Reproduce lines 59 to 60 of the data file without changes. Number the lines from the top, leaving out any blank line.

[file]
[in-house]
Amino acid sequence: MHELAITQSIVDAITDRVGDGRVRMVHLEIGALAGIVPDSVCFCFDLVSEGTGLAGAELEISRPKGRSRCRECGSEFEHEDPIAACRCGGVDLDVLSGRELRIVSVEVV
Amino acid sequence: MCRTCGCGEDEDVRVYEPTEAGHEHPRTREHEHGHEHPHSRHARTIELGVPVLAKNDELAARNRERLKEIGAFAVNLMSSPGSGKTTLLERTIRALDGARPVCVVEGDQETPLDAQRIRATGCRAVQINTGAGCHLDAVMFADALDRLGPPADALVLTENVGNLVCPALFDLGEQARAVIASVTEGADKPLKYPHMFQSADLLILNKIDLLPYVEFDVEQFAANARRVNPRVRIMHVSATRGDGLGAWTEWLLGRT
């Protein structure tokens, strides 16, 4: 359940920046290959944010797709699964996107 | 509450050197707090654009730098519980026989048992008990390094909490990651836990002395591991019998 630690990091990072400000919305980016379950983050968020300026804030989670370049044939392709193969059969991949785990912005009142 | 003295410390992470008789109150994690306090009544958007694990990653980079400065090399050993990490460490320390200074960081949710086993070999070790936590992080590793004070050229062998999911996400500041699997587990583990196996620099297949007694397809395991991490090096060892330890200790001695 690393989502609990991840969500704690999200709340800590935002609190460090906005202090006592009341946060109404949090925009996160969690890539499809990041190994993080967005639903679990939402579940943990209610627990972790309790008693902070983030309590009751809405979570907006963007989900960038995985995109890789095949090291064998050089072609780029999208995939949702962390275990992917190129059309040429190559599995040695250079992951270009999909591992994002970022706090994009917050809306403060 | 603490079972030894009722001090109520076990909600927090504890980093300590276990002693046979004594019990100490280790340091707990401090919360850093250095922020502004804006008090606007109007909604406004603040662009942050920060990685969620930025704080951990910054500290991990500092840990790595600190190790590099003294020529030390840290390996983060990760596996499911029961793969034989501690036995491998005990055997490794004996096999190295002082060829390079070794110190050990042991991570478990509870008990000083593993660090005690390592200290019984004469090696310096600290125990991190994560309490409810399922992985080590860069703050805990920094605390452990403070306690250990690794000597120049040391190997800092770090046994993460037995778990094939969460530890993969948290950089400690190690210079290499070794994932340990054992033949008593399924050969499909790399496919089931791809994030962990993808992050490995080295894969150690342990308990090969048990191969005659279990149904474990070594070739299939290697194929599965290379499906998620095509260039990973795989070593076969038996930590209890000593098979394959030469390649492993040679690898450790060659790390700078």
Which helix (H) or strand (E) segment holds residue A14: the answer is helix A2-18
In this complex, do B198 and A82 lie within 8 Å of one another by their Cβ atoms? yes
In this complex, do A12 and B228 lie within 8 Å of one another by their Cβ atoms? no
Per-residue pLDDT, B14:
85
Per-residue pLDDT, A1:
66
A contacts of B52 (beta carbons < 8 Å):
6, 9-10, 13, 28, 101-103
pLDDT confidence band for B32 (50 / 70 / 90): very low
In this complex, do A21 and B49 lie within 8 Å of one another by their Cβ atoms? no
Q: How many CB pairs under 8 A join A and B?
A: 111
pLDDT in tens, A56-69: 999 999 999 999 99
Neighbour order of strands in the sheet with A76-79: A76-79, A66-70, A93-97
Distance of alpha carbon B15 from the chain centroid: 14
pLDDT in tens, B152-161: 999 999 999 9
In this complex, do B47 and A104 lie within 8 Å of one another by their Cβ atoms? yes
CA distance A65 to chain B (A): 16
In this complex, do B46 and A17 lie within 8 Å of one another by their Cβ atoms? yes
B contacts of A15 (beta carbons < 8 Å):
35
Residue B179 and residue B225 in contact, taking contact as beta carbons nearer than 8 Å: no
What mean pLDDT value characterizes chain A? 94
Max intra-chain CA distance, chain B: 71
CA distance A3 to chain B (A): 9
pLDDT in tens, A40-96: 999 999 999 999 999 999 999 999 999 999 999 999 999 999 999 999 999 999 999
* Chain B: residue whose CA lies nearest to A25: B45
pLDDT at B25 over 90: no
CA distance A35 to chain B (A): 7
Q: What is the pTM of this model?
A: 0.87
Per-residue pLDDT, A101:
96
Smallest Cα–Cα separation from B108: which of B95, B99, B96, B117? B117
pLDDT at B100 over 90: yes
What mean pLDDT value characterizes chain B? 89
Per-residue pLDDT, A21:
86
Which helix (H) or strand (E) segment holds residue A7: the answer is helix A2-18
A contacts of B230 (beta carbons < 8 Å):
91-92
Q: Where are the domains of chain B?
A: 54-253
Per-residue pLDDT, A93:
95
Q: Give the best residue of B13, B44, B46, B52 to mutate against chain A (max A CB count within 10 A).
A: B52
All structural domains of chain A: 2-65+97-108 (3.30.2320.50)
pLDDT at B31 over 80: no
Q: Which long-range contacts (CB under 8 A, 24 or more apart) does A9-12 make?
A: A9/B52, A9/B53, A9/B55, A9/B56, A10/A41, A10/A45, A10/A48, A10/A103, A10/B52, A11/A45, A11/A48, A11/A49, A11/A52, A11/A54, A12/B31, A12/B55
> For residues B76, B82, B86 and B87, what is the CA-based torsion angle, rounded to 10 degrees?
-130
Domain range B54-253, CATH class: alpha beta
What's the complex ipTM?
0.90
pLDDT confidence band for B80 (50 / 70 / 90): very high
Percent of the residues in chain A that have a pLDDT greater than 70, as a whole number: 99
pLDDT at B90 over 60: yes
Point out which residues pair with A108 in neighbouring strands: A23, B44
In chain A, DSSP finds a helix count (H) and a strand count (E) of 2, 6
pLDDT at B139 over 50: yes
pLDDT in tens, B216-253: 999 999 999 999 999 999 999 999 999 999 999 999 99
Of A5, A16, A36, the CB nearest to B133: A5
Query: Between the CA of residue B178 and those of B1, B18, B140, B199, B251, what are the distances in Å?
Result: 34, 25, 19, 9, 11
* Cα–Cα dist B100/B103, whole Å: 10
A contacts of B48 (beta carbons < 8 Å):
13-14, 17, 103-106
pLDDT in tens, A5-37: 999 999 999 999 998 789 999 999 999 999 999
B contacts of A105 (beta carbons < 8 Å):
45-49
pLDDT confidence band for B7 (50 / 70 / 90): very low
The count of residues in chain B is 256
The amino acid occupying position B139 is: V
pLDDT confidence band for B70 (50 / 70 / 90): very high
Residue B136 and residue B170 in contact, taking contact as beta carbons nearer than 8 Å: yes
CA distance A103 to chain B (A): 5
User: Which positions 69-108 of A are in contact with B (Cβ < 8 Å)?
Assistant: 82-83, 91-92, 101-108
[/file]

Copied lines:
Domain range B54-253, CATH class: alpha beta
What's the complex ipTM?